In today’s cultural environment it seems the fine line between prejudice and specifics is so fine, one must hold their breath when traversing it for fear of stepping outside it and suffering the wrath of the offended.
I clearly remember my first incident of this phenomenon, I was but a fifteen year old telling of an encounter from my day, when I described the person I had spoken with as (to the best of my recollection) “a pleasant Asian man, probably in his fifties”. The adult to which I was telling my tale immediately question why I had to describe this man as Asian. My answer was “because he was Asian, is there a problem with that?”
As an avid reader and writer it was second nature to fill out my stories with as much detail as I could remember to most clearly paint the picture of my encounter. I did not see any problem with describing an Asian man as an Asian man.
This encapsulates my quandary. Are we too sensitive to identifying characteristics in other people?
For me the distinction lies, as with most issues in life, with the intention behind the words. Not the words themselves.
Was there ever any reason to think I was being racist for merely describing an Asian man as Asian? I think not. At the time I remember my first internal response was “why would this be an issue, there is nothing wrong with being Asian so for someone to question me on the use of the term maybe they are racist”.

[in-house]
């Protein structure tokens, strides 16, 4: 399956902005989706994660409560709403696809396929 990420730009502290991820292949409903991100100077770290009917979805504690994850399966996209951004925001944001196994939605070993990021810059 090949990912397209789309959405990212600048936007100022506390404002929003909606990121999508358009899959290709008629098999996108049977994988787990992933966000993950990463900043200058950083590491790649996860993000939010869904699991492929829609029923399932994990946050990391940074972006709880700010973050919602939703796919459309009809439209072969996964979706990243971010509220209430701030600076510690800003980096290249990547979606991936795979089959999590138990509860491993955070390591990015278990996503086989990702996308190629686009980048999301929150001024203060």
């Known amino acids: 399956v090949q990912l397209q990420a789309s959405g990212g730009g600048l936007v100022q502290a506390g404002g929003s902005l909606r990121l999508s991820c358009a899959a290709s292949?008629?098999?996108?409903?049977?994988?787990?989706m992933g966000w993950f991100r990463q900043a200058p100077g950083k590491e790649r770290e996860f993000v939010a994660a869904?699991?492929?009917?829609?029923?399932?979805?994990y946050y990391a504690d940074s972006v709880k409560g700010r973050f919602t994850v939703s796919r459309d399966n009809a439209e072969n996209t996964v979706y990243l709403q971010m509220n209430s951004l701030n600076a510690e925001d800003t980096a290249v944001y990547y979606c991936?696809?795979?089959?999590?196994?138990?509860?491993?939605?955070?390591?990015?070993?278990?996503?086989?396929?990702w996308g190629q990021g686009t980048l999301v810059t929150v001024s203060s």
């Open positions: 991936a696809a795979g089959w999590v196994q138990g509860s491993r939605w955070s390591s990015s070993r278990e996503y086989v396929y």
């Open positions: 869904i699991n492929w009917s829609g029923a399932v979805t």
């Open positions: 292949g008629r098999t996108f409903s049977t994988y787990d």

There has been other encounters and situations where my choice of words has been questioned, as I am sure many of you have had happen. Currently I think it is getting a bit out of control.
A newspaper headline may be able to claim “Double amputee saves a child from fire” with no negative backlash about their choice to accurately describe the person involved as a double amputee. But, another headline reading “Lesbian couple deserve their place in Norway’s heroic narrative” is sure to cause an uproar. Because the married couple who’s heroic feats the headline is describing are labelled lesbians.
So why then would sections of society take offence to the women being described as lesbian?. The necessity of the descriptive term is called into question by some. For me I just look at the possible reason behind its use. What is wrong with portraying two women who are proud of their relationship in an accurate manner? Did the article give the impression that being a lesbian was unsavoury? I think not. Did the article try to foster a sense of pride being taken in the accomplishments of these two brave women? I think so.
Political correctness could have a major causality in the form of accurateness to my way of thinking. Imagine if you were a witness to a crime perpetuated by a grey haired midget with an indian accent, crossed eyes and a lisp. Heaven forbid you should provide the police with an accurate description for fear of someone calling you racist or a bigot.
How far will political correctness go? Will we one day be aghast at a person describing a fellow human being as male or female?
It is often obvious when racism is the intent of the assigned descriptor and I would encourage people to not question the use of the specific descriptor if it is accurate.
As a writer I will fiercely defend my right to accurately, eloquently and colourfully describe the people and world around me. Every characteristic, nuance and detail is what makes a person unique, makes them truly individual in this swelling sea of humanity.